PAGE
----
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    The Tasman Fracture CMR AUV survey was a pilot study undertaken in 2014/15 as part of the National Marine Biodiversity Hub's National monitoring, evaluation and reporting theme. The aim of this theme is to develop a blueprint for the sustained monitoring of the South-east Commonwealth Marine Reserve Network. The particular aim of the survey was to contribute to an inventory of the distribution and abundance of southern rock lobster (Jasus edwardsi). Data contained here represents the data collected from lobster potting component of the study. This includes lobster abundance, gender and length. Bycatch is also recorded.

  • Data is primarily volume of eggs (naturally spawned and stripped) taken from different photo-thermal held brood stock groups of Striped Trumpeter (Latris lineata). Supporting data includes feeding, animal health and weight and environmental parameters (water quality).

  • We have used a quantitative definition of marine heatwaves to detect all events which have occurred in 12 regions across the continental shelf off eastern Tasmania over 1993-2015. For each event in each region this atlas includes information on (i) event properties including intensity, duration and depth, (ii) maps of regional ocean circulation and ocean temperature during the event, and (iii) maps of regional atmospheric conditions during the event (air temperature and surface wind). Also provided are summary statistics including the typical conditions which give rise to marine heatwaves in each region and annual time series demonstrating interannual variability and long term trends in marine heatwave properties. Provided is a comprehensive document presenting the atlas and a set of CSV files containing the underlying data.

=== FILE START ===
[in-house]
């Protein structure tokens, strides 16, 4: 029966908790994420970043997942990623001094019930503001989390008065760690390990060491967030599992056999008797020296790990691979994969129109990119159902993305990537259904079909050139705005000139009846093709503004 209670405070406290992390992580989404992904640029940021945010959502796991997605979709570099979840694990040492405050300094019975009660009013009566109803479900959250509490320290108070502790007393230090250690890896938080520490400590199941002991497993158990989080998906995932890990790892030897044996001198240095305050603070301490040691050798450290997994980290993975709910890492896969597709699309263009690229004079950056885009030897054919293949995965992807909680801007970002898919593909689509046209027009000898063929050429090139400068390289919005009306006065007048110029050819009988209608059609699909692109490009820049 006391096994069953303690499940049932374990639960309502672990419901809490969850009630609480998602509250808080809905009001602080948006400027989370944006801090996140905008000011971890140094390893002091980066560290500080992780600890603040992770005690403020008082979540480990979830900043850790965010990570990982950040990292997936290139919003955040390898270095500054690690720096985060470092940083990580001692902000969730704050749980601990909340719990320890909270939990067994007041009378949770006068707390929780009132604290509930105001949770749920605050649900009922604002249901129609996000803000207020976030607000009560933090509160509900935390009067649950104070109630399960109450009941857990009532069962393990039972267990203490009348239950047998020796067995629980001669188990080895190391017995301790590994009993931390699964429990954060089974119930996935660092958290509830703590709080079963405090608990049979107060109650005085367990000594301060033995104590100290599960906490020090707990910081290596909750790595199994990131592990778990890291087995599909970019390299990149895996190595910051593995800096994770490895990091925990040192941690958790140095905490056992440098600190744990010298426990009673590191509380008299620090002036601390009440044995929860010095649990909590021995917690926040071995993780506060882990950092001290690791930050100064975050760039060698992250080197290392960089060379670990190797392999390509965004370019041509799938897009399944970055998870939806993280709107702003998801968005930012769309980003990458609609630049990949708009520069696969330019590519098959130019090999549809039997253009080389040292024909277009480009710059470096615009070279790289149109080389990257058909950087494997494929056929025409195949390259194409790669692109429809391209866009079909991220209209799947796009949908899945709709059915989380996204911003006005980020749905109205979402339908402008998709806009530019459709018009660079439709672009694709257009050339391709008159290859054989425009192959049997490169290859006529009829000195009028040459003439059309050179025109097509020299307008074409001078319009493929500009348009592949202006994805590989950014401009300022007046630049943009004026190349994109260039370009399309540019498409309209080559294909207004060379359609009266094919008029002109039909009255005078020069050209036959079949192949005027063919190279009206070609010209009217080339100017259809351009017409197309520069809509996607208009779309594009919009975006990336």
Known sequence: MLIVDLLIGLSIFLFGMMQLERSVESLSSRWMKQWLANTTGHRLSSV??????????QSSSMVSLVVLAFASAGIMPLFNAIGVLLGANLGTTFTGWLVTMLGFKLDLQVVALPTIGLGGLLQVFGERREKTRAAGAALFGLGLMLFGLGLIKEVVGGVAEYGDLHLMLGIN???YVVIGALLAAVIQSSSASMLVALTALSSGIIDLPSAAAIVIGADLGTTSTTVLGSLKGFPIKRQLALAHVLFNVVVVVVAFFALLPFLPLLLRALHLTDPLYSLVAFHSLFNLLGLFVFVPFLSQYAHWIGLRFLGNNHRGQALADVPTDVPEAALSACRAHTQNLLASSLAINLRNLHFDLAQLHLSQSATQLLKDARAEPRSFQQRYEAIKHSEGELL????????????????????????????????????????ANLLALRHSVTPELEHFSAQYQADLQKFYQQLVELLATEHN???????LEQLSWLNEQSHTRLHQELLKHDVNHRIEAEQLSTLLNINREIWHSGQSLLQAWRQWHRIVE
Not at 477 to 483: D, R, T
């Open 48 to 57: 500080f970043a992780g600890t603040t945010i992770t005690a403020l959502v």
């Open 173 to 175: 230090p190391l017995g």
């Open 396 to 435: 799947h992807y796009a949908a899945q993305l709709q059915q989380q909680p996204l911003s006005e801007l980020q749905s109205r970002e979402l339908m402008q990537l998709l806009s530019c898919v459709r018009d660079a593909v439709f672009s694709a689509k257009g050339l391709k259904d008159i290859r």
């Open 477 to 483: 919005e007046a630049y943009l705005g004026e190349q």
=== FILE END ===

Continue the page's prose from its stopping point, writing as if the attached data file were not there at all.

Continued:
• The spatial extent of C. rodgersii "barrens" was estimated by surveying rocky reef habitat with a towed underwater video system. Sampling took place at 13 regions along the east coast of Tasmania, each comprising 3 subsites, this dataset refers to the Forestier Peninsula region, and its 3 subsites: Sisters, Visscher Island and High Yellow Bluff.

  • By utilising targeted microprobe technology, the analysis of elements incorporated within the hard bio-mineralised structures of marine organisms has provided unique insights into the population biology of many species. As hard structures grow, elements from surrounding waters are incorporated effectively providing a natural ‘tag’ that is often unique to the animal’s particular location or habitat. The spatial distribution of elements within octopus stylets was investigated, using the nuclear microprobe, to assess their potential for determining dispersal and population structure in octopus populations. This was investigated in adult Octopus pallidus sourced from a commercial fishery in Tasmania.